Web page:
Thursday, 25 August 2011

The Story of Otto Kleinhund, Part the Second

The cellar was dark, the air cold and stale. Yet Otto began to sweat. Why had Master Wilhelm mentioned trolls? Was there something that Otto hadn't been told? He took a last look up at the comforting square of light above him, raised the torch and scanned the room.

Barrels, sacks and some wooden crates. And spiders. Not very promising. No shelves of scrolls. And crates wouldn't hold the parchments he was looking for, would they? He looked in several, disturbing several kinds of crawling thing from their nests, but found nothing of interest. Rolls of cloth, and some old robes. Some wooden cups and bowls. A small chest containing knives and spoons - not of any great quality as far as Otto could tell. Perhaps they'd been moved down here when the College got some nicer ones, he thought.

So, no scrolls, no scrolls... he scanned the room again. Piles of crates, barrels, black mouth of sinister unexplored corridor that I'm not looking at, barrels, sacks, and back to the piles of crates. It was no good. He would have to go on into the darkness.

"Come on Otto, no point delaying." Not for the first time, he wished that he had never left Knisterbad. But, then he thught of Ruglinde and her scornful words at their parting. She had mocked him soundly as a pale excuse for a man, more like a shrivelled thing one found under a stone. "Oh well, at least I don't have that problem any more," he said aloud. Inside the College precincts, the only female he came into contact with was Old Mother Grout, who was in charge of cleaning the linen. She was even older than Master Wilhelm and had a face like a gnarled foot. What lurked under her clothing was anyone's guess, perhaps even Mother Grout no longer knew, but whatever was there, it was bulky, even though her clothing was bulky too. Fortified by the thought of Old Mother Grout's formidibale frame, scary enough to put fear into a troll for sure, Otto steeled himself, thrust the torch into the black gap, and continued forward.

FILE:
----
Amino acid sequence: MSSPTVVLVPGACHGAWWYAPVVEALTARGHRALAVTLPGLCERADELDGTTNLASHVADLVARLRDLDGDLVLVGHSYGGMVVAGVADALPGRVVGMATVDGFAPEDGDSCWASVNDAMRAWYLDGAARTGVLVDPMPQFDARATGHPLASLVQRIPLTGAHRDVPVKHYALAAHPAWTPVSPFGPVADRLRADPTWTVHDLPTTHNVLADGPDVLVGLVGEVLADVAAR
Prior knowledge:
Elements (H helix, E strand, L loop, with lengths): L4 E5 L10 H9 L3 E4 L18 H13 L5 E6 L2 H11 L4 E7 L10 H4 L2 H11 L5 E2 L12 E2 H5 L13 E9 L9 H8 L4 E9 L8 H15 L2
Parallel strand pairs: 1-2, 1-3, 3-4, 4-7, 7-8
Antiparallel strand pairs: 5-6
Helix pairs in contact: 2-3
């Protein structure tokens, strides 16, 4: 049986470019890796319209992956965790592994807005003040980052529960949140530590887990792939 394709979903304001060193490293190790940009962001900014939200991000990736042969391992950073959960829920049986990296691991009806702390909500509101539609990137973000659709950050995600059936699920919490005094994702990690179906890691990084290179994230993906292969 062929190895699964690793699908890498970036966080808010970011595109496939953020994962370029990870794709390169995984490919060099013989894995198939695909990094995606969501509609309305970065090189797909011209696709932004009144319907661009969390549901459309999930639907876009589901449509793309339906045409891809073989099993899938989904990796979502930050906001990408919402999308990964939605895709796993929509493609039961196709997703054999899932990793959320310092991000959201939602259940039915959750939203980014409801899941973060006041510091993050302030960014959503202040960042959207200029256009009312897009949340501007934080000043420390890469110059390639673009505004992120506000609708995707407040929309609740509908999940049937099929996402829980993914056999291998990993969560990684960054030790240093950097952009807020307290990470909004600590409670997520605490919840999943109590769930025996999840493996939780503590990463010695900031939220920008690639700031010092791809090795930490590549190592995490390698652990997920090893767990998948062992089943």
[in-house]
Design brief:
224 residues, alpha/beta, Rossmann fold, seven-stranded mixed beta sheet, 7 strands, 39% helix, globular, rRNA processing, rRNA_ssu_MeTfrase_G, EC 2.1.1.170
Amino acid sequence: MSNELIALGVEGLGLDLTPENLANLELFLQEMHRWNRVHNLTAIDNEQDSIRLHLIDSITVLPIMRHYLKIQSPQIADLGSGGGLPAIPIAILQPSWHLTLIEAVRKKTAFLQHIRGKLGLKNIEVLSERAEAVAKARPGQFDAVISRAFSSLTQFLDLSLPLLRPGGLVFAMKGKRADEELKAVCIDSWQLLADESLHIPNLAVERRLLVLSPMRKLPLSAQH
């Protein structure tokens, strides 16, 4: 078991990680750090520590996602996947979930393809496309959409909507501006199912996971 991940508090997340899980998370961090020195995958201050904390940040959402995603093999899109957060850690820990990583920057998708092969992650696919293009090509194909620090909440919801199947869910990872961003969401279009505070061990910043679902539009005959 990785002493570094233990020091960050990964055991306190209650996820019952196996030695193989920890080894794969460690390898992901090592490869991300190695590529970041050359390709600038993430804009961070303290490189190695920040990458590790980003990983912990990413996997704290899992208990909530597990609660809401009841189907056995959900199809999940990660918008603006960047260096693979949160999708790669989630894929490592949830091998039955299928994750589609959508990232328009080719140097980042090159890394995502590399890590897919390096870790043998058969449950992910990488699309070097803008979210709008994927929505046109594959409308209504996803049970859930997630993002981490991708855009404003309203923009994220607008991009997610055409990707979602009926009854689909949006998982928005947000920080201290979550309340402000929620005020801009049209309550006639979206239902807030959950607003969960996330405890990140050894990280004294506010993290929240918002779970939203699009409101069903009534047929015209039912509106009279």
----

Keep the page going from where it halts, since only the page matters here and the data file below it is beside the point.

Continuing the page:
The next room was a disappointment too. Almost a copy of the first, it contained some thin metal buckets with lids containing dried-up but still smelly liquids - some kind of wood preserver, Otto supposed. He placed the torch in a bracket helpfully fixed to the wall, and continued his examinantion. There was also a tapestry, though not a particularly interesting one. The central panel seemed to have some shapes that might be birds but it was difficult to tell behind the cobwebs, dust and mildew. As he was examining it, he heard a slight noise behind him. Instantly he spun round, wishing the torch was in his hand not the bracket on the wall. It was a small sound, a scuttling sound. Not trolls. But, perhaps, rats?

In a second his mind was running through all the stories he'd ever heard about people being eaten allive by rats... even worse, the rumours of ratmen who walked on two legs, who were the size of a person and used weapons... foolish, foolish stories, but then, who knew for certain what lurked in the dark in the city's underbelly?

After a few momemts, he remembered to breathe. Slowly, slowly, he expelled the air from his lungs and began to edge towards the torch. But he saw nothing. At last he reached it, and his fingers closed around its shaft - just as something furry moved across his hand. Terrified, he called out and jumped back, but saw that it merely a thick cobweb.

"Otto, get a hold of yourself!" he said angrily. "You are a man of learning, not a fool to be spooked by imagined terrors!" With difficulty, he controlled his shaking hands, lifted the torch from the bracket, and resolved to continue.

A short corridor joined the tapestry room to the next. No trolls, no ratmen, Otto repeated to himelf, silently with every step. It seemed an age - though in reality it was less than 20 paces - to the next room. Otto paused at the doorway, then thrust the torch forward.

What he saw took his breath away. The room was perhaps five paces square and most of the walls were covered in shelves - piled high with scrolls and sheets of parchemnt, and small chests, some of which were open and, Otto could see, also contained documents. This was surely the archive to which Master Wilhelm had referred - the lost treasure-house of knowledge of the Guild of Speculative Antiquarians.

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